October 24, 2005
Bernanke to Replace Greenspan
The President has nominated Ben Bernanke to replace Alan Greenspan on Jan. 31, 2006 as Chairman of the Federal Reserve System (the Fed), subject to confirmation by the Senate. He is extremely accomplished and Senate confirmation should not be difficult. Some are worried that his "inflation-target" philosophy will constrain his willingness to "create jobs." The worries are misplaced. Indeed, his inflation-target theory, if he stays with it, will be a positive development in the leadership of the Fed. ...
At present the market hangs on every word of the Greenspan, attempting to anticipate his interest rate decisions. For traders know that with each interest rate decision comes a stock and bond market reaction. Guess right and you can make some money. Simply put, there is too much discretionary authority in one man to affect significantly the trading markets. Bernanke is on record touting the benefits of a more predictable Fed rate decision procedure. Predictability and market stability would come from a set inflation target, known in advance by all. Rate decisions would be automatic in response to whether inflation was inside our outside the target. If inflation is within a target there would be no rate change; if outside the target the rates would change to bring it back inside the target.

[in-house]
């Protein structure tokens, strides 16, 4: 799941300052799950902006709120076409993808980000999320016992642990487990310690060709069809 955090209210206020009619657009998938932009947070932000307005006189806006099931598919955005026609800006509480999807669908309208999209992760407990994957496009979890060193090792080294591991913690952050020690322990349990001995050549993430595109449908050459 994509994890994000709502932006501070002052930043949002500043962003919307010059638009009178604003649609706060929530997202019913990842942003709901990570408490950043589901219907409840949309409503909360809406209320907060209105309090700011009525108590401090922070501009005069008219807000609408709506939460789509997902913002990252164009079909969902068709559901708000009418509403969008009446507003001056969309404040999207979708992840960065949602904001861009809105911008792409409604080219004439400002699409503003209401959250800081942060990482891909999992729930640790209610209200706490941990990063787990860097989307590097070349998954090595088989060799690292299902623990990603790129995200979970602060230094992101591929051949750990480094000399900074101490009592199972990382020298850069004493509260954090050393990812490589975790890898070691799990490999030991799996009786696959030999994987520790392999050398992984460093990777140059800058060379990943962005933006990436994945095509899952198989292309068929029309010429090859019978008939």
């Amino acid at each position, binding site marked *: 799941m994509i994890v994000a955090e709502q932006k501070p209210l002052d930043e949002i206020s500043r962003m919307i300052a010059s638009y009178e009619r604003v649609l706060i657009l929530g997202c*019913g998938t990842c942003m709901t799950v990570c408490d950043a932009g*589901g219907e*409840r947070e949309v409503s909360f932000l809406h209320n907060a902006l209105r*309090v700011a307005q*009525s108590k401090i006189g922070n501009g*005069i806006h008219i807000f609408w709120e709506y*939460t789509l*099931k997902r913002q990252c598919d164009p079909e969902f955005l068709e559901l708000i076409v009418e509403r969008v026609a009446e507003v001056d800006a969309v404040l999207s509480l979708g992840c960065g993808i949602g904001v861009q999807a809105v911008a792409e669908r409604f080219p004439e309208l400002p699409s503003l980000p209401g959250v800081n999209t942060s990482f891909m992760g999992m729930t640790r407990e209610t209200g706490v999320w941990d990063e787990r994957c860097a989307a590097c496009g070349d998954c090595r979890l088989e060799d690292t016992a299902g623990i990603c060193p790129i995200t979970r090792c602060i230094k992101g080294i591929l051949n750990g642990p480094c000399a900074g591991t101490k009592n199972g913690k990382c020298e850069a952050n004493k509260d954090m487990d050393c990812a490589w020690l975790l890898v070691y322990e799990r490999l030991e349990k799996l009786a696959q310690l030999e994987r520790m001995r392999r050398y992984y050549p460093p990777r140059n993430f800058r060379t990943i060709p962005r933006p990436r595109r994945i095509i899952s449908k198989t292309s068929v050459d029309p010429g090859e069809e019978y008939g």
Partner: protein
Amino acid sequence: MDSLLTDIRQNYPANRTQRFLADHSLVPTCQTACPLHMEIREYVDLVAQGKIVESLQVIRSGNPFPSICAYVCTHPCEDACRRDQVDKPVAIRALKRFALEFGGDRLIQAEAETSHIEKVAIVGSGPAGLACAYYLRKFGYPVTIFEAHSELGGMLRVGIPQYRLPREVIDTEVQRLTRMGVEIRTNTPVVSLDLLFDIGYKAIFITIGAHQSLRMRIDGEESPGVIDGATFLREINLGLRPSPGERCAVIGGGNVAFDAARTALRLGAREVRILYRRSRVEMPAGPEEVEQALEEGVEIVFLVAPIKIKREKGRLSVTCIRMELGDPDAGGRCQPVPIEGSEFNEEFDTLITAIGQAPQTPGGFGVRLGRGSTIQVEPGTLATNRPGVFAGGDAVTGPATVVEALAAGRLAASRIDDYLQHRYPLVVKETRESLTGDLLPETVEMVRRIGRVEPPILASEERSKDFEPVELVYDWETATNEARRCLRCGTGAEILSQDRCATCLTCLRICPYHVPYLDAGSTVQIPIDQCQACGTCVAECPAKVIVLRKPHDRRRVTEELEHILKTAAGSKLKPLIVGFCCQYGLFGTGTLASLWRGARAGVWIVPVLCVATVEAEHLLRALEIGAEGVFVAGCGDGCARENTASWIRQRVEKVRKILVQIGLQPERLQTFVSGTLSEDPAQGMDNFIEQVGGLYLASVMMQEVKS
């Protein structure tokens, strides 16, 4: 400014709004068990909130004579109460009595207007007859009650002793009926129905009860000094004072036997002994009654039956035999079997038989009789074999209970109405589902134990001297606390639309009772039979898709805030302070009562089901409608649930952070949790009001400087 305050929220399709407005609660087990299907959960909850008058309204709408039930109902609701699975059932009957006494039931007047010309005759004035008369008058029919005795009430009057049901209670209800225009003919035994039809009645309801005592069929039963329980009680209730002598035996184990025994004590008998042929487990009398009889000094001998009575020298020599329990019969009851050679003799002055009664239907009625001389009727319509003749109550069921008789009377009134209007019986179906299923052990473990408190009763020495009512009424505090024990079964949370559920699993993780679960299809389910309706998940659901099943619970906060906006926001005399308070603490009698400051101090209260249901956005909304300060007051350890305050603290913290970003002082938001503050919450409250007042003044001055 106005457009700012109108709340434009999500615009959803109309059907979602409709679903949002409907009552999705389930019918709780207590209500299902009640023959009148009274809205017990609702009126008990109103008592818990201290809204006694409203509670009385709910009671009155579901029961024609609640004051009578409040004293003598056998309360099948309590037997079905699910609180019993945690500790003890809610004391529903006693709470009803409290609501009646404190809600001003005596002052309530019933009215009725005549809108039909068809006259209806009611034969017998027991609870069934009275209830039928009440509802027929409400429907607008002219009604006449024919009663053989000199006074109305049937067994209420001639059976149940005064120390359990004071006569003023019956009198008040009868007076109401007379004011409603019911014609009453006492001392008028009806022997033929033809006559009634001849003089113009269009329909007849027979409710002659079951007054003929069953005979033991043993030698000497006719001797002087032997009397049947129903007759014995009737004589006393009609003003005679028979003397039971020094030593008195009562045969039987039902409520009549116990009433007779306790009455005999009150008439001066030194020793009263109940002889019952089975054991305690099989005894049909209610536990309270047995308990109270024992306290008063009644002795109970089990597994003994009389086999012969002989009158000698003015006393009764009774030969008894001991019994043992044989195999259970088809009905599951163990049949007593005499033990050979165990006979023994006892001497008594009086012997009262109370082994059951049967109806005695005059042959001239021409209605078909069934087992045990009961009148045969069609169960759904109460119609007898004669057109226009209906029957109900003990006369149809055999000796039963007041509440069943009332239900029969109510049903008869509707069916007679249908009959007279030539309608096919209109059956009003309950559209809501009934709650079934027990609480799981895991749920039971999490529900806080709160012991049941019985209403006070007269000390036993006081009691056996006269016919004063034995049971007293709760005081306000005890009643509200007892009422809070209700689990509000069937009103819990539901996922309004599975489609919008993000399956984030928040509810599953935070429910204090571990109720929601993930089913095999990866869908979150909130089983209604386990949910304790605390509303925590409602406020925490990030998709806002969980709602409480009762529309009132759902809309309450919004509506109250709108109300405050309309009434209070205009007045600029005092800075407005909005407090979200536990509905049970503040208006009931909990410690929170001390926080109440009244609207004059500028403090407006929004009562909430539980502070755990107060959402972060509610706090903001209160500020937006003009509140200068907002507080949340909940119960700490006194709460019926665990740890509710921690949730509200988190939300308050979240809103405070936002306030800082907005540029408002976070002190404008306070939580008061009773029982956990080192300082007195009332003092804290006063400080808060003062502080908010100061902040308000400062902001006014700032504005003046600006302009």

Critics of such an approach want the Chair of the Fed to be a Mr. Fix-it for a declining job market; they want he to "create jobs." This asks the Fed to do to much. The Fed does not create jobs, business does. Moreover, asking the Chairman of the Fed to use short term interest rate stimuli, regardless of its effect on inflation, to spur business growth whenever political winds blow in that direction is a recipe for long-run economic instability. The resulting price instability in the markets will have long-term substantial costs. It is eating the hen that lays the eggs.
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